Celebrity pharma ads: Opportunity or PR disaster?

Novo Nordisk suspended its relationship with celebrity chef Paula Deen after Deen admitted during a deposition to having used racially insensitive language. Photo credit: John Parra/Getty

For Amy Doner, it was a eureka moment. While working on a Schering-Plough melanoma-awareness campaign, she happened to catch an episode of ER. In it Noah Wyle's Dr. John Carter identified a suspicious-looking mole on a patient's body as a possible melanoma. “I thought to myself, ‘Getting moles looked at—that's the exact message I'm pitching,' ” she recalls. Shortly thereafter, Doner connected with Wyle's reps and with the client, and a spokesperson relationship was born.

Doner soon realized she was on to something. “The media Noah was attracting was so different than what we had before. All of a sudden it was Entertainment Tonight and Good Morning America and People. Only so many people read the health column, you know?” Doner eventually made this her life's work: Her company, The Amy Doner Group, counts as its sole mission connecting healthcare and Hollywood. She's a professional matchmaker of sorts, pairing companies like Pfizer, Merck and Novartis with celebrities like Cindy Crawford, Joe Torre and Sally Field.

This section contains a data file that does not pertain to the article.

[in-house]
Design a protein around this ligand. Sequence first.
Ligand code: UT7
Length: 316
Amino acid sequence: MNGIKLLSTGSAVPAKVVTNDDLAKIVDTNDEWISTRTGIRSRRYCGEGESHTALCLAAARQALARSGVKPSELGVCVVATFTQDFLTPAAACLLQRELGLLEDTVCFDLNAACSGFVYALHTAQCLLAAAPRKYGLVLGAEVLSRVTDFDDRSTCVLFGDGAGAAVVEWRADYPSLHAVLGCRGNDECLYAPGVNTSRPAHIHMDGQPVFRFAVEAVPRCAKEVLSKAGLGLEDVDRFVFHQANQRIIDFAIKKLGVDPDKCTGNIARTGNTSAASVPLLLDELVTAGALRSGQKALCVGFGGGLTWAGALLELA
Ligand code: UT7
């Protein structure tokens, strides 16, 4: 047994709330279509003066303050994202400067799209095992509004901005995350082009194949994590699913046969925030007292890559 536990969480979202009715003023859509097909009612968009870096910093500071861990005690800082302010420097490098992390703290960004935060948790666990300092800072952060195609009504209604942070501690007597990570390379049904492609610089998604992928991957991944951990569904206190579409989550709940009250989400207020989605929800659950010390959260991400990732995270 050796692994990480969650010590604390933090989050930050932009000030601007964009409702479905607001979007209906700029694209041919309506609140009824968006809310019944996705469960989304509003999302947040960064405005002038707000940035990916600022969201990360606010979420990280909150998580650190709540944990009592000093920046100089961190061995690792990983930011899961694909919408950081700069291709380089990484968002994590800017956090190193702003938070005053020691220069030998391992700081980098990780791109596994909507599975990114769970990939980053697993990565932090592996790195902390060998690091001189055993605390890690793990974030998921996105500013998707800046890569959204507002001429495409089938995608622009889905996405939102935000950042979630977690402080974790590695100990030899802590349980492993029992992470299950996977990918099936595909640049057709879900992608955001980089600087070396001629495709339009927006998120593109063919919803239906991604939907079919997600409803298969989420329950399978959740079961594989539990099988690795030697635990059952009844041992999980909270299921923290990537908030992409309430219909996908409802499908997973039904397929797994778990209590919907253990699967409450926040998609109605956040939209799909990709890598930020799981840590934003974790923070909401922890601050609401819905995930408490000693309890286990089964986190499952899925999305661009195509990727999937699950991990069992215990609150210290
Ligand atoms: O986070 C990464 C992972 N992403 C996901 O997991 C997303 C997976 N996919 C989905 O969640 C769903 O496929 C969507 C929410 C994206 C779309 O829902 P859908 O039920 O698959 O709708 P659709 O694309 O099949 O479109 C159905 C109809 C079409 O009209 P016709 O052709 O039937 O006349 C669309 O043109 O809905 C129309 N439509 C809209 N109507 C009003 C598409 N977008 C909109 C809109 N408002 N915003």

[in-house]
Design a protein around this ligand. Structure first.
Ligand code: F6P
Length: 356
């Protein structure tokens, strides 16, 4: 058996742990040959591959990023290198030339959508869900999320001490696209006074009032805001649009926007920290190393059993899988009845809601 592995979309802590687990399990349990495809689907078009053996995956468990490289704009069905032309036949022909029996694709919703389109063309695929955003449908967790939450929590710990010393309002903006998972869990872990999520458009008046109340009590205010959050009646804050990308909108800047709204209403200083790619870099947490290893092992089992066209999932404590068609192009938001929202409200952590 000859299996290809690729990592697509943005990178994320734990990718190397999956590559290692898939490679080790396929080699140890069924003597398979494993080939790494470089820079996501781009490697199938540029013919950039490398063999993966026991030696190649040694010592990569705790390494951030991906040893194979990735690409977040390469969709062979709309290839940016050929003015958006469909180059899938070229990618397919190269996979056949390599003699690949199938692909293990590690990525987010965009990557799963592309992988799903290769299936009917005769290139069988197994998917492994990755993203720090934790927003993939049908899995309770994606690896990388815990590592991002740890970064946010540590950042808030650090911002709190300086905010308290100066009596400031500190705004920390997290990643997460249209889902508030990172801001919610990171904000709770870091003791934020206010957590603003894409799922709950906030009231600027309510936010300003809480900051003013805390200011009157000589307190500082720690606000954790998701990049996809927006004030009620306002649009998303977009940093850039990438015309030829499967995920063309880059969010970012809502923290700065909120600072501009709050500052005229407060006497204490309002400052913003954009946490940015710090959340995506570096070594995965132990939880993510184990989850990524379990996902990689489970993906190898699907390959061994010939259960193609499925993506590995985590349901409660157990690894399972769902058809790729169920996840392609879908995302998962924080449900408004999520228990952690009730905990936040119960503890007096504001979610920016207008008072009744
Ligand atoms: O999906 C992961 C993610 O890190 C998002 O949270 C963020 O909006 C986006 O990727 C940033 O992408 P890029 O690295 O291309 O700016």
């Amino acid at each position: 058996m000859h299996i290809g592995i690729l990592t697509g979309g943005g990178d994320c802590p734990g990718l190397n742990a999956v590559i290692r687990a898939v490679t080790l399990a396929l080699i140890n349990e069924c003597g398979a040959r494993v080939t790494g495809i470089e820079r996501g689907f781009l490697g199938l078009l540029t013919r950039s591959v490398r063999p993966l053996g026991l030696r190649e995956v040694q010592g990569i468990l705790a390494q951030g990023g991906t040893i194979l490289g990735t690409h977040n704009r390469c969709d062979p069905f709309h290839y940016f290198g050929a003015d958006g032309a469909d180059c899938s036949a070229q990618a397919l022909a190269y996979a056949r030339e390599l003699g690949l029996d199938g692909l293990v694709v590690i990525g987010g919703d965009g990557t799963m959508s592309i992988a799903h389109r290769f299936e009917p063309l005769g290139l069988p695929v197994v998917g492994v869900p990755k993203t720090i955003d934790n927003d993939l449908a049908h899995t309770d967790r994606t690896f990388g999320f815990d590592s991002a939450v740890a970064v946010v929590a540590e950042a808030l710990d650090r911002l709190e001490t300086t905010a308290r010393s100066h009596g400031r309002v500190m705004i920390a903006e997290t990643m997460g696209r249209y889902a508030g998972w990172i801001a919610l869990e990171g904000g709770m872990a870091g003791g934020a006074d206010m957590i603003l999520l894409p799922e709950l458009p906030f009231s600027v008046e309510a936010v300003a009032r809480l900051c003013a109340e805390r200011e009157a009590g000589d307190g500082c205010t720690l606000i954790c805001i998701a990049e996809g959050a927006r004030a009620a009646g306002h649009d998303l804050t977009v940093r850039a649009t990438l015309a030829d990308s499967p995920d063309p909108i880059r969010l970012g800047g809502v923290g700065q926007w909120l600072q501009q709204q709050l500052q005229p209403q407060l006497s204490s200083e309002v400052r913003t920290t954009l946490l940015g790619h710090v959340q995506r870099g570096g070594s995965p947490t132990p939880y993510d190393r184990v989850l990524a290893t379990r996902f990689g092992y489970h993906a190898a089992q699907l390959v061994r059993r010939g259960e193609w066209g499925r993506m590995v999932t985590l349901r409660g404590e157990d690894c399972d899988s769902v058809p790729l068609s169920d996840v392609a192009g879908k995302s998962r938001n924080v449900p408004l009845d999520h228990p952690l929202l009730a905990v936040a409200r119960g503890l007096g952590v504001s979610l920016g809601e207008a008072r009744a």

From the rise of social media to the rise of celebrity ads

Sally Field is a spokesperson for bone-building drug Boniva by Roche and GlaxoSmithKline. Photo credit: Casa de América/Creative Commons

If you think you're seeing more of these types of pharma/personality partnerships, well, you're not alone. As our collective fascination with celebrity has surged, so too has the desire to tap that fascination for the quote-unquote right reasons: Bringing a medical condition to the forefront and giving patients who suffer from that condition someone with whom to identify. Indeed, the number of celebrity-centric disease-awareness and brand campaigns has spiked during the social-media era.

See also: The best and worst celebrity pharma moments

“In general, people are much more apt to disclose more about themselves than they used to, so it follows that they'd be more comfortable with sharing health information,” says Mark Finn, VP, account director at AbelsonTaylor. “That extends to celebrities. It's no longer a stigma in many disease states for them to stand up and talk about it. In many cases, they actually feel a responsibility to do it.”